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Only a 30 Percent Stake?
Lycos Shareholders Are Steamed

By Paul Tharp  The New York Post
NEW YORK — Home shopping czar Barry Diller is facing an investor revolt and a firestorm of Wall Street criticism over his deal to buy Internet darling Lycos.


Peter Morgan/Reuters
USA Networks Chairman Barry Diller and Lycos Inc. President and Chief Executive Robert Davis

The criticism is fueled, in part, by Lycos shareholders who fear the Hollywood veteran outmaneuvered the young management of the No. 3 web portal in his complex merger.

Diller, who will control 61.5 percent of the new entity, to be called USA/Lycos Interactive Networks Inc., envisions a world where web surfers will move from the Lycos search engine to his Ticketmaster online to Home Shopping channel.

Shareholders are angry because they have seen their shares double since Jan. 1 and expected Internet fever would pay off with a fat premium. Instead they will receive just a 30 percent slice of the new business. They also are concerned the pie-in-the-sky hopes of the Internet will be grounded by the more pedestrian shopping business.

In fact, one Lycos stockholder immediately sued to undo the deal, while others fired off e-mail protests to larger shareholders urging them to vote down the deal.

Diller and other executives said the deal was worth $22 billion although some critics of the merger, citing the drop in Lycos' net worth, said the deal may now be worth $15 billion.

"This revolt wasn't unexpected," said Brian Hill at Adams Harkness & Co. "They don't like being dragged kicking and screaming out of the Internet."

Lycos' two-day stock decline wiped out one-third of its value since the deal was announced. It fell 7 to 87 1/4 Wednesday.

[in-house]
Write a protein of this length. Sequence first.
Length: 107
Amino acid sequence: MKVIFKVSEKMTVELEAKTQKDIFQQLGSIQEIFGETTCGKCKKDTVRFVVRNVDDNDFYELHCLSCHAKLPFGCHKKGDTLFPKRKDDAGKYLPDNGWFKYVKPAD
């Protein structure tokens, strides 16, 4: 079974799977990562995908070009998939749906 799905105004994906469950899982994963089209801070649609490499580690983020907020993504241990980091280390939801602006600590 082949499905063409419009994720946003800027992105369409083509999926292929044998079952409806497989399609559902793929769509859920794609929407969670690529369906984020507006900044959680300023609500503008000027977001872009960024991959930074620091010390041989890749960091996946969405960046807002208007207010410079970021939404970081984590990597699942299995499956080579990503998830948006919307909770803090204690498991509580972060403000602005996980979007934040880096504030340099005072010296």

Some said the drop put completion of the deal, as it now stands, in question.

USA Networks fell 1 5/8 to 40, while Ticketmaster-CitySearch, which is 60-percent owned by USA Networks, fell 4 3/4 to 37. Seagram Co. Ltd., which owns 45 percent of USA Networks through a limited liability company, rose 1 to 48 11/16.

"If the stocks continue to react as badly," wrote CIBC Oppenheimer & Co. analyst Henry Blodget in a note to investors, "Lycos and Mr. Diller may well call the whole thing off — an action that might cause the Lycos stock to pop back up."

"I changed my mind because the financials of the deal aren't visible, it's confusing to everyone," said Andrea Williams of Volpe, Brown Whelan & Co.

What particularly annoyed investors was that top brass of Lycos bailed out weeks ago by filing to sell some $92 million of their shares before the USA deal was announced.

Listed as sellers were Lycos executives and chiefs at investment fund CMGI Inc., which is Lycos' biggest investor with 20 percent.

Lycos CEO Robert J. Davis filed with the Securities and Exchange Commission to sell 132,000 shares in January when the stock was 112, and CMGI Inc. filed to sell 900,000 shares, or 2 percent of Lycos shares.

Others filing to sell included Lycos CFO Ed Philip, 45,000 shares for $5.8 million.

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